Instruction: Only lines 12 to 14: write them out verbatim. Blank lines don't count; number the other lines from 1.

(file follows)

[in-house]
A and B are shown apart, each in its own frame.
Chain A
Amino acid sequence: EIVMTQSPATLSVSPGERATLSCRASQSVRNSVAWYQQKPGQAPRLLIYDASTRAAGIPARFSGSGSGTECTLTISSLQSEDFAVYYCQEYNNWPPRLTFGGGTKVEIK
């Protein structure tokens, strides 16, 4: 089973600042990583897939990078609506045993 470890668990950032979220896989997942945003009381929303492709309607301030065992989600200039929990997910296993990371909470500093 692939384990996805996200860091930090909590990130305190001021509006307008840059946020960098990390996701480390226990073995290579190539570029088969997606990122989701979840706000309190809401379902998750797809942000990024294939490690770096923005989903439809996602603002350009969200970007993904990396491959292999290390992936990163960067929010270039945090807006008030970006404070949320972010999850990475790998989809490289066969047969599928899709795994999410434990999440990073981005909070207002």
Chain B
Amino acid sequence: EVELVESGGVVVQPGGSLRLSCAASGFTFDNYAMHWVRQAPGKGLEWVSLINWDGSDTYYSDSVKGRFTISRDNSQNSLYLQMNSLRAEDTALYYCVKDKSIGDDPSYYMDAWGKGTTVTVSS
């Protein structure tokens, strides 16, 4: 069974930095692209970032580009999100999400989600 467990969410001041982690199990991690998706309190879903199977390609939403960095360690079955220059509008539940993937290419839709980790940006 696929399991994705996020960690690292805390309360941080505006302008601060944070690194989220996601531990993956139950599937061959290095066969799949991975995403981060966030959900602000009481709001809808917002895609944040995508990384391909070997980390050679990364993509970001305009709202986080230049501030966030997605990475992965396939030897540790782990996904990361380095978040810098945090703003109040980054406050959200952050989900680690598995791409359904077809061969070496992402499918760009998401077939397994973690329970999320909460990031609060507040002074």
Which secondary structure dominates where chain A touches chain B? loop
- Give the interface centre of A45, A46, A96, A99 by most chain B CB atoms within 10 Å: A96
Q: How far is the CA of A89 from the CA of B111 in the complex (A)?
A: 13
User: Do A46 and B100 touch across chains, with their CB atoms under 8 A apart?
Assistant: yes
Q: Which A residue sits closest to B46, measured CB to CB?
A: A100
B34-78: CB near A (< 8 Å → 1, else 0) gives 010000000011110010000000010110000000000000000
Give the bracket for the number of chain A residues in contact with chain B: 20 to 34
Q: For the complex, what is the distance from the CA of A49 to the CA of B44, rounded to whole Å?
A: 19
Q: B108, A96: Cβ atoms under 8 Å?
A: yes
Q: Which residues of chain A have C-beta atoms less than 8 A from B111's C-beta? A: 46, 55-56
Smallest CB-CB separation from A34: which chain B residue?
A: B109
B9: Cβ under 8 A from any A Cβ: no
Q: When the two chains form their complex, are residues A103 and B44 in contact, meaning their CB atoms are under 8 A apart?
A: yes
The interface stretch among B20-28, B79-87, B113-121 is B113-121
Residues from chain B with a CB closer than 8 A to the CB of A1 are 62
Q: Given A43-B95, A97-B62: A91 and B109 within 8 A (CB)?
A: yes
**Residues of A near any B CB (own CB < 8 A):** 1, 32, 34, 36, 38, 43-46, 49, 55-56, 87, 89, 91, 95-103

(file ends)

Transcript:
A: 13
User: Do A46 and B100 touch across chains, with their CB atoms under 8 A apart?
Assistant: yes